About 750,000 Japanese paid for evening and weekend language lessons last year, nearly two-thirds of them through Nova.
Teaching English in Japan, a popular first job for western university graduates, has become dicier proposition. Nova, the dominant force in Japan’s $1.2bn-a-year private language-teaching business, has filed for court protection from creditors after scandals and lawsuits drove away tens of thousands of students.
The company, which is Y44bn (?266m) in debt, had closed dozens of its 900 schools and missed salary payments to some 4,000 instructors from the UK, the US, Canada and Australia.
Critics blame an aggressive expansion campaign by Nozomu Sahashi, founder and chief executive, for overstretching Nova’s resources. Mr Sahashi was fired by the board of the publicly listed company.
About 750,000 Japanese paid for evening and weekend language lessons last year, nearly two-thirds of them through Nova. Mr Sahashi founded the company in 1981 after returning from studying in Paris. The chain’s bright blue signs are ubiquitous around urban train stations, which sometimes sport a Nova outlet at more than one exit.
Nova has reported a net loss in each of the past two years and has been struggling under a government ban. The recruiting of new students by Nova was prohibited in response to claims that it had failed to disclose a chronic shortage of lesson spaces. Courts have also ordered Nova to refund millions of yen in pre-paid fees that the company claimed had been forfeited by dropouts.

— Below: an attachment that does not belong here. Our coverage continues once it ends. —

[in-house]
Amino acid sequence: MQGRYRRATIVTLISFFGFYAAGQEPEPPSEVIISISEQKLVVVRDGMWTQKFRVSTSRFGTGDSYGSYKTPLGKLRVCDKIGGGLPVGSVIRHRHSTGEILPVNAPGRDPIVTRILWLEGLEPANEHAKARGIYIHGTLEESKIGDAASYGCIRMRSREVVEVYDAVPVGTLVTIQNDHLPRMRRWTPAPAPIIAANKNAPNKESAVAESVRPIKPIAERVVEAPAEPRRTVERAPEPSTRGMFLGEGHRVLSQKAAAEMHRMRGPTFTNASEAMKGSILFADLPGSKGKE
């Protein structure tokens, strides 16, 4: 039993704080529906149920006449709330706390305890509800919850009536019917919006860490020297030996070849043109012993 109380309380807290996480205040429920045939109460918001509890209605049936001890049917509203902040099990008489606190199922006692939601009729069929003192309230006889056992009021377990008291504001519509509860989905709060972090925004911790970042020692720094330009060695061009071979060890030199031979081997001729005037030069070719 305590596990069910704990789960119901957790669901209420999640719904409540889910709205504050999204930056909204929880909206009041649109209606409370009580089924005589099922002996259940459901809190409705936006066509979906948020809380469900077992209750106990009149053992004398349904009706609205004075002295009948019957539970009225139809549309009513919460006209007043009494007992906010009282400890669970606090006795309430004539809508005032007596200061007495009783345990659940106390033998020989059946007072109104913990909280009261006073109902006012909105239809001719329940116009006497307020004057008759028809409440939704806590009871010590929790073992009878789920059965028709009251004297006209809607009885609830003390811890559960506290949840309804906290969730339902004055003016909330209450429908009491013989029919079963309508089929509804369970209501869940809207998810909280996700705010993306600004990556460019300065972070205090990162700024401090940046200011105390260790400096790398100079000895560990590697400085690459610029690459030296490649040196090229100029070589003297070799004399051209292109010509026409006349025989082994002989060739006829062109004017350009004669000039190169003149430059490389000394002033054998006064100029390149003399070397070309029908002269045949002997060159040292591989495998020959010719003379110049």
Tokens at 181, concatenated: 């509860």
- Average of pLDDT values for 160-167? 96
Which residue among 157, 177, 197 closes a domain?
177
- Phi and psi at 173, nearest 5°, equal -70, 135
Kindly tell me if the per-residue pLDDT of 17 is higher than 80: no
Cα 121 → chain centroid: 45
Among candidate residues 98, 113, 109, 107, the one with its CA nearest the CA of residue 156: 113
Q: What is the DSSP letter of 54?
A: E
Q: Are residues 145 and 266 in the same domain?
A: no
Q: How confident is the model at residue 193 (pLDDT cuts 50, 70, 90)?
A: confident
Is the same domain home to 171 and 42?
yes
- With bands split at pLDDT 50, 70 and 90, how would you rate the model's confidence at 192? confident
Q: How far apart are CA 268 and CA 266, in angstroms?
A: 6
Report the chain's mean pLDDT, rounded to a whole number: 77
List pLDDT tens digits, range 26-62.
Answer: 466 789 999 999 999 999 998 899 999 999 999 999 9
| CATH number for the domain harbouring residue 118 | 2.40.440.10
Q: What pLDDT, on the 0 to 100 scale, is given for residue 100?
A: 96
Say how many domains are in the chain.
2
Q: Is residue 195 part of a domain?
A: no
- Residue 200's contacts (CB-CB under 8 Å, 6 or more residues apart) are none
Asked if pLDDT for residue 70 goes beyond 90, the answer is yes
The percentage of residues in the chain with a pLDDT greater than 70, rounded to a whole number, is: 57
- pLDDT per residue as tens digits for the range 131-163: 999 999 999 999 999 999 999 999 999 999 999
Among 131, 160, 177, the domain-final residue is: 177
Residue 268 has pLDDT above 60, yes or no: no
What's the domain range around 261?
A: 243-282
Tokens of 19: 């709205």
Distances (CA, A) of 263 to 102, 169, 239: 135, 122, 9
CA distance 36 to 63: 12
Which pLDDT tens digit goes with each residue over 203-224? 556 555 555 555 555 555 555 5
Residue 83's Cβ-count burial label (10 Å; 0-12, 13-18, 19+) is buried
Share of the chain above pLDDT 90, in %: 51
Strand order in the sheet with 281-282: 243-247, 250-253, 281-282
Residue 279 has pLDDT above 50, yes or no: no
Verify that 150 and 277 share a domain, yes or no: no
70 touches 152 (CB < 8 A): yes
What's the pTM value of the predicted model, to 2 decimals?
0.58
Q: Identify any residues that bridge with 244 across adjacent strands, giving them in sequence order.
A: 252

A court-appointed receiver will assess the company’s assets and seek financial sponsors to help turn the company round. Failing that, the chain could be sold or liquidated.
Paul Dorey, an official at a union that represents some Nova instructors, said: “It’s been a vicious circle for a while. They couldn’t find enough teachers, so students couldn’t book lessons at peak times and would quit.”
He said foreign staff risked losing company-sponsored housing after Nova stopped paying their rent. “Some teachers have already received eviction notices. It’s a total mess.”
Nova and other English schools fill a gap left by Japan’s education system, which does a notoriously poor job of training students to speak the language.
Only nine of 147 countries ranked lower than Japan last year in average scores on the widely used English language proficiency test run by the Educational Testing Service of the US.